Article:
Other features, such as structures for attaching to or abutting against the keyboard (not shown in FIG. 13), wrist supports 53 and the like can be included. Apart from keyboards, the device is useful for supporting electronic interface devices such as laptop computers, parts of such devices such as display monitors or the like, writing or work surfaces, Imps, receptacles for tools or supplies, and devices in general that may be desired for positioning at varying locations and orientations.
FIG. 13 shows the support platform without its associated distal joint 67. FIG. 14 is a bottom plan view of the platform with the addition of joint 67, which together with the rotational coupling 55 in platform 50 provides a connection having three mutually perpendicular rotation axes.
FIGS. 15-17 illustrate the versatility of several alternative embodiments characterized by different spans of positioning possibilities due to different lengths and configurations of the connecting arm structures used. In FIG. 15, a short connecting arm is provided, as appropriate for tilt adjustment without the capability of moving the support far from the desk top or other base structure 30. FIG. 16 shows an alternative embodiment having a universal joint associated with the base element, providing additional span. FIG. 17 shows an alternative embodiment having two relatively long articulated connecting arms, which provide a large span of potential positions. The embodiment of FIG. 17 preferably provides a sufficient extension to enable the support platform to be conveniently positioned for a person who is either standing or sitting, and according to the foregoing locking technique is fixed rigidly where placed. This embodiment preferably uses the offset joint of FIGS. 11 and 12, as apparent from FIGS. 17 and 18. This long-extension embodiment is also appropriate for support arms on relatively low bases, for example attached to a short floor pedestal or to a weighted mobile pedestal from which the support arm is free standing.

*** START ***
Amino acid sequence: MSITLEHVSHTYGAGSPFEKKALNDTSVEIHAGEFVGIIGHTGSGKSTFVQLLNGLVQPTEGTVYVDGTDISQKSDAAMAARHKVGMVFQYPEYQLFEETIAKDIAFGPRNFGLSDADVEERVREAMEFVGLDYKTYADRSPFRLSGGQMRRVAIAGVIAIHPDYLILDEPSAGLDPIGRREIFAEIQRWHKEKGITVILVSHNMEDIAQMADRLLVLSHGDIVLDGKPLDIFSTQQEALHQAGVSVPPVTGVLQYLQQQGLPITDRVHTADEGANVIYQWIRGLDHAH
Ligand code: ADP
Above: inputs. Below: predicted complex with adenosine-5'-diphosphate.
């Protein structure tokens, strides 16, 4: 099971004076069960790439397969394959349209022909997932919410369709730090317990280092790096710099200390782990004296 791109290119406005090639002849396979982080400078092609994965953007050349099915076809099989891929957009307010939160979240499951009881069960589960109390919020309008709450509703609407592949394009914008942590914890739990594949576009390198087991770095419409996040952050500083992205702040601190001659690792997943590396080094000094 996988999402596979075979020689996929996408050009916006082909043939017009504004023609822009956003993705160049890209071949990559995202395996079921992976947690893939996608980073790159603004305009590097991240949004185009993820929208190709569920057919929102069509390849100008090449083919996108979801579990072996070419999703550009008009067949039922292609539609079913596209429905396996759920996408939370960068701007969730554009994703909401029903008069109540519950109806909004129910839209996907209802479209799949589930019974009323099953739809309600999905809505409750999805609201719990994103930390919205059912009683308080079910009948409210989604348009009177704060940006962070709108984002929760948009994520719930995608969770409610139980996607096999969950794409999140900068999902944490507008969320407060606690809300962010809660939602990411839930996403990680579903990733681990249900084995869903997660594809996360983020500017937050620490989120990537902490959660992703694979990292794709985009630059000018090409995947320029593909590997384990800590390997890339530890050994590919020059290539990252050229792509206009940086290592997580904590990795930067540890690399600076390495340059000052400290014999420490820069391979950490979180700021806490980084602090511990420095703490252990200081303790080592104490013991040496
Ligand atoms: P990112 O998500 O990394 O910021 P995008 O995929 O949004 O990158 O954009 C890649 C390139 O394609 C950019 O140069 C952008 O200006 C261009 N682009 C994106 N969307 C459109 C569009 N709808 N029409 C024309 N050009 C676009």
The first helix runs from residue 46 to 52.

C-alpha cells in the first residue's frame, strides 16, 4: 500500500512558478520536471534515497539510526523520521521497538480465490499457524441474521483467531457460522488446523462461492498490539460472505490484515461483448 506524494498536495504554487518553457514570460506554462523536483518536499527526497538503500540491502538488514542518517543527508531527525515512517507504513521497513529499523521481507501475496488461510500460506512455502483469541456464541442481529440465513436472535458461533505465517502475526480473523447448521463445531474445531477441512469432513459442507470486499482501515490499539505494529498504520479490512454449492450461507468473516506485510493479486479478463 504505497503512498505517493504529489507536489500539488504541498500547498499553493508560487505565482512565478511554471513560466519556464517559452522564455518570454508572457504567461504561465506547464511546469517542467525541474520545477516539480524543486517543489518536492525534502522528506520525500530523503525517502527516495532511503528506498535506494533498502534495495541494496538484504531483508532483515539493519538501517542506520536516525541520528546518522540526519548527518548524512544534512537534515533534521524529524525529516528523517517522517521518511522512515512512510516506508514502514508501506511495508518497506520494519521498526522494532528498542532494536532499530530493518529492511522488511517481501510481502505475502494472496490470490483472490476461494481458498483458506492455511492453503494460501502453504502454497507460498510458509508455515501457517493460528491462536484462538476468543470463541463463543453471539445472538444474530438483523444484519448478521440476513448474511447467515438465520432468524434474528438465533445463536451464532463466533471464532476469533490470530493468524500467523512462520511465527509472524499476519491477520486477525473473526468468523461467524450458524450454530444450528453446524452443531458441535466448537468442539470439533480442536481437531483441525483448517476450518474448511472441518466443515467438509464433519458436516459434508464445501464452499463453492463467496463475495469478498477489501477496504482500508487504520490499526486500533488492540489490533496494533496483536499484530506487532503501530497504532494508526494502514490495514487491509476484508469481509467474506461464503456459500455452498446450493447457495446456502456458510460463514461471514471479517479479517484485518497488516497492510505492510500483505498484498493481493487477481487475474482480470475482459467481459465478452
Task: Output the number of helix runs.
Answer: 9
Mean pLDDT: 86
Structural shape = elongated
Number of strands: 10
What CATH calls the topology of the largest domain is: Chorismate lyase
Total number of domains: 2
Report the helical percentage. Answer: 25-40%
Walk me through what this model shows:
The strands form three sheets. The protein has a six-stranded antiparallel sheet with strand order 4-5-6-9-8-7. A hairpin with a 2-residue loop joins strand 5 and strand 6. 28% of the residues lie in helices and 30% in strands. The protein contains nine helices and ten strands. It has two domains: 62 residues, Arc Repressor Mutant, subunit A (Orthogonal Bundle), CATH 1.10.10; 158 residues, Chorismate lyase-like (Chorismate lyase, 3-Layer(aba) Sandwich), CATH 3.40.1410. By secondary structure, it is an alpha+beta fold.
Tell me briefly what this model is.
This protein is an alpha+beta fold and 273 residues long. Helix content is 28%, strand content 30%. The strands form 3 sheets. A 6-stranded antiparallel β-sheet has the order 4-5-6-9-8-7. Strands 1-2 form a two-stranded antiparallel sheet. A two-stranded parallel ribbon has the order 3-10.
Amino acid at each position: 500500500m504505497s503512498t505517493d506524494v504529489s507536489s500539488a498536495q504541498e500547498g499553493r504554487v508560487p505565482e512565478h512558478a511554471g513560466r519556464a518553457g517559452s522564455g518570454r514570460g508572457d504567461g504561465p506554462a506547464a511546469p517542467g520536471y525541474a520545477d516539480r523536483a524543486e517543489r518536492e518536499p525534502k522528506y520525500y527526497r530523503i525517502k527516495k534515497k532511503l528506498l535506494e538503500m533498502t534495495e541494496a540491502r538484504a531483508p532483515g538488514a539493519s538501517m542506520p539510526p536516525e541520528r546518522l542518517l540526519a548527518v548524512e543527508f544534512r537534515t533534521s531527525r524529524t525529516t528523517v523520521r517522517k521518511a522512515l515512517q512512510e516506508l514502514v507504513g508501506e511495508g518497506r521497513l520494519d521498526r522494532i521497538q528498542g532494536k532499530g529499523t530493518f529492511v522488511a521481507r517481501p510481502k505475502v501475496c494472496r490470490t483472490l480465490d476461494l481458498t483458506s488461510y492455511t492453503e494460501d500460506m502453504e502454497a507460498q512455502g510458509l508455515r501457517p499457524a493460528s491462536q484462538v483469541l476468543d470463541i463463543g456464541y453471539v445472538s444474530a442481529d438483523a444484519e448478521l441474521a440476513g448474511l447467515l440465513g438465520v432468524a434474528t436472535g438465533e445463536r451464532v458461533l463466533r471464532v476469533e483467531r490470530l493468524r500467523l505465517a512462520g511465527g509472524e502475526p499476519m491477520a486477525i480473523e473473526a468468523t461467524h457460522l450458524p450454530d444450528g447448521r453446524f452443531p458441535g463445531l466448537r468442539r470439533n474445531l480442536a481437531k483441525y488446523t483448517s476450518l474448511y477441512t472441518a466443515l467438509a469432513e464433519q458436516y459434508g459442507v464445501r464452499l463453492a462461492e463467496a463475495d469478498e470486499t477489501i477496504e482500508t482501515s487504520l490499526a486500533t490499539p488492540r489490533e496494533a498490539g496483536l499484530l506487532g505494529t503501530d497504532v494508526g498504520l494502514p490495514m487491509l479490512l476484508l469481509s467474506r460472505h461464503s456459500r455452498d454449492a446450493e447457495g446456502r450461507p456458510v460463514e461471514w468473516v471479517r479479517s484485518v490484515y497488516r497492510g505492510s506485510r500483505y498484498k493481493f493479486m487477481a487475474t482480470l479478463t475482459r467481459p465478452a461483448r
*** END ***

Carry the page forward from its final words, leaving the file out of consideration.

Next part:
FIGS. 19-23 illustrate a preferred embodiment of the invention as configured especially for supporting a keyboard, laptop computer or the like. In FIG. 19 the device is shown stowed under a counter. The support platform 50 can be moved to a working position close by the edge of the counter as in FIG. 20, an extended working position farther from the counter as in FIG. 21, or a raised position as in FIGS. 22 and 23.
FIG. 24 is an exploded view showing an embodiment of a controllable joint for use in the embodiment of FIGS. 19-23, and FIG. 25 is a section through the joint as assembled. In this arrangement, the male end or fitting 202 and the female end or fitting 204 can be provided integrally on the ends of members coupled at the joint, or can be attached thereto. A plurality of complementary pins, ridges or the like are provided in fittings 202, 204 along an annulus 208. Axially extending-abutments 211, 212 come into contact with rotation of the fittings 202, 204, as seen in FIG. 25, such that the joint cannot turn continuously through more than 360°. Preferably, abutments 211, 212 are placed in a position to stop rotation of the proximal joint (between the base member stub and the next connecting arm) near the top of its rotation, for example as shown in FIG. 2).